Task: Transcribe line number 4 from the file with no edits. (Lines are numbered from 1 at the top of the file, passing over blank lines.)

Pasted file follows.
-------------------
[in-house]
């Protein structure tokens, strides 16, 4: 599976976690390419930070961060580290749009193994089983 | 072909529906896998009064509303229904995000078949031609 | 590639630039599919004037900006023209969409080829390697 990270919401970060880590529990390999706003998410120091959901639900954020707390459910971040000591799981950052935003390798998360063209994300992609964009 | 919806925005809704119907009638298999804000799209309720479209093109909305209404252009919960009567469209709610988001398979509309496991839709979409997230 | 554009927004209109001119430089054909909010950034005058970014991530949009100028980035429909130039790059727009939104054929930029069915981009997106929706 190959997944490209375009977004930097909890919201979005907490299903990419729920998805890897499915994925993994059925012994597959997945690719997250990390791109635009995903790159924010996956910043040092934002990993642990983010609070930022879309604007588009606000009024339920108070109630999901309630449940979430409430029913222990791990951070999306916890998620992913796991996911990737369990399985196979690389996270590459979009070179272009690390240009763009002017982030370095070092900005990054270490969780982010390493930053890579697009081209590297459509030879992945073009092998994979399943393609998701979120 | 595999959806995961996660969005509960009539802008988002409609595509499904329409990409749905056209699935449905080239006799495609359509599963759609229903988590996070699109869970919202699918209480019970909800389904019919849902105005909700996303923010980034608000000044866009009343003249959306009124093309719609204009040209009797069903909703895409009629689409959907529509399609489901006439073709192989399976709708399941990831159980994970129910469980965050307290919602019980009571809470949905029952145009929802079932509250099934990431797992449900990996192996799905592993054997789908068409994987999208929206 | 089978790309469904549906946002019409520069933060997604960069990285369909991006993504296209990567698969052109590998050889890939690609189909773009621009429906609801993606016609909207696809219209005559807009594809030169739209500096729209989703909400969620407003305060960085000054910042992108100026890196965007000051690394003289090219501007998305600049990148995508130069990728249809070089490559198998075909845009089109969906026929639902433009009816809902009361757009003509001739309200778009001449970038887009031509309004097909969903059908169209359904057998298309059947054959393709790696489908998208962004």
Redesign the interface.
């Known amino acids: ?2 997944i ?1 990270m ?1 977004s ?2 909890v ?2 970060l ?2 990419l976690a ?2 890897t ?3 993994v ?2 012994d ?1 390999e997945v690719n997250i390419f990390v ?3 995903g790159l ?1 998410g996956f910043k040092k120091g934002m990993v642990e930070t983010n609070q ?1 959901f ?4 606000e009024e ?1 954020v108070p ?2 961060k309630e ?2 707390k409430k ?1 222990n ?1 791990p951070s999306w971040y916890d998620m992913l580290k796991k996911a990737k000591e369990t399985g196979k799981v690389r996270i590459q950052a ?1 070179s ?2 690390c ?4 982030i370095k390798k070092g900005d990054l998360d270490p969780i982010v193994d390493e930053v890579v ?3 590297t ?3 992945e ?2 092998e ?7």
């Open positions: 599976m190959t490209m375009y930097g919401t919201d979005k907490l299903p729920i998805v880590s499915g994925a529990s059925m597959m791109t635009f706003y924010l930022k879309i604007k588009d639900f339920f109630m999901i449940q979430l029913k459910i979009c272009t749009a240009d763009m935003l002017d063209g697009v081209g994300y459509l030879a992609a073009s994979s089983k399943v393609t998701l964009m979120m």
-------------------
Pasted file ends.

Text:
């Known amino acids: ?2 997944i ?1 990270m ?1 977004s ?2 909890v ?2 970060l ?2 990419l976690a ?2 890897t ?3 993994v ?2 012994d ?1 390999e997945v690719n997250i390419f990390v ?3 995903g790159l ?1 998410g996956f910043k040092k120091g934002m990993v642990e930070t983010n609070q ?1 959901f ?4 606000e009024e ?1 954020v108070p ?2 961060k309630e ?2 707390k409430k ?1 222990n ?1 791990p951070s999306w971040y916890d998620m992913l580290k796991k996911a990737k000591e369990t399985g196979k799981v690389r996270i590459q950052a ?1 070179s ?2 690390c ?4 982030i370095k390798k070092g900005d990054l998360d270490p969780i982010v193994d390493e930053v890579v ?3 590297t ?3 992945e ?2 092998e ?7």